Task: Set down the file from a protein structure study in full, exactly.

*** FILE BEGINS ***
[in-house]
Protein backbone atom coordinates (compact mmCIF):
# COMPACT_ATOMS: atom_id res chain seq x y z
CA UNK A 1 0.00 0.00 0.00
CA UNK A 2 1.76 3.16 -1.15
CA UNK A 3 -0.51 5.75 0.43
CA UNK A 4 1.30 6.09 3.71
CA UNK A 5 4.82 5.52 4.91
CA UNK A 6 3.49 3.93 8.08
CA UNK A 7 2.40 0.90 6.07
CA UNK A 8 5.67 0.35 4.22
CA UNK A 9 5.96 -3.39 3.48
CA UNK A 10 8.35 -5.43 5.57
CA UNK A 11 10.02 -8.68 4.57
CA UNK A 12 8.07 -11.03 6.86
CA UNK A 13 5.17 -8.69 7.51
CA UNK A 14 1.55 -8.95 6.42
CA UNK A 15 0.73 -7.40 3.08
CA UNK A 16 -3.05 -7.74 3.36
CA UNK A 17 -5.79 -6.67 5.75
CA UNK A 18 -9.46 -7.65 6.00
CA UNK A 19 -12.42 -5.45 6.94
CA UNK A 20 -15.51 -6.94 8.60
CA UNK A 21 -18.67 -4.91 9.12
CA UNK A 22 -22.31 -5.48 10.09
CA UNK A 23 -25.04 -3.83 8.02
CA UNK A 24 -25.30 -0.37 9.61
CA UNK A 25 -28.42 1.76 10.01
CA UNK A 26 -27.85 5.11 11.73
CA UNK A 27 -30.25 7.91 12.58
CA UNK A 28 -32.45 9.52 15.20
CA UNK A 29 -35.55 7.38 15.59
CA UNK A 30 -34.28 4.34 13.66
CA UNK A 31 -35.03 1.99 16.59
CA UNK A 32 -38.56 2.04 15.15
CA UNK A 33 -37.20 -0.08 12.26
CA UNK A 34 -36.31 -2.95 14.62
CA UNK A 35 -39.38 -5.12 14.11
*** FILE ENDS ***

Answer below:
[in-house]
Protein backbone atom coordinates (compact mmCIF):
# COMPACT_ATOMS: atom_id res chain seq x y z
CA UNK A 1 0.00 0.00 0.00
CA UNK A 2 1.76 3.16 -1.15
CA UNK A 3 -0.51 5.75 0.43
CA UNK A 4 1.30 6.09 3.71
CA UNK A 5 4.82 5.52 4.91
CA UNK A 6 3.49 3.93 8.08
CA UNK A 7 2.40 0.90 6.07
CA UNK A 8 5.67 0.35 4.22
CA UNK A 9 5.96 -3.39 3.48
CA UNK A 10 8.35 -5.43 5.57
CA UNK A 11 10.02 -8.68 4.57
CA UNK A 12 8.07 -11.03 6.86
CA UNK A 13 5.17 -8.69 7.51
CA UNK A 14 1.55 -8.95 6.42
CA UNK A 15 0.73 -7.40 3.08
CA UNK A 16 -3.05 -7.74 3.36
CA UNK A 17 -5.79 -6.67 5.75
CA UNK A 18 -9.46 -7.65 6.00
CA UNK A 19 -12.42 -5.45 6.94
CA UNK A 20 -15.51 -6.94 8.60
CA UNK A 21 -18.67 -4.91 9.12
CA UNK A 22 -22.31 -5.48 10.09
CA UNK A 23 -25.04 -3.83 8.02
CA UNK A 24 -25.30 -0.37 9.61
CA UNK A 25 -28.42 1.76 10.01
CA UNK A 26 -27.85 5.11 11.73
CA UNK A 27 -30.25 7.91 12.58
CA UNK A 28 -32.45 9.52 15.20
CA UNK A 29 -35.55 7.38 15.59
CA UNK A 30 -34.28 4.34 13.66
CA UNK A 31 -35.03 1.99 16.59
CA UNK A 32 -38.56 2.04 15.15
CA UNK A 33 -37.20 -0.08 12.26
CA UNK A 34 -36.31 -2.95 14.62
CA UNK A 35 -39.38 -5.12 14.11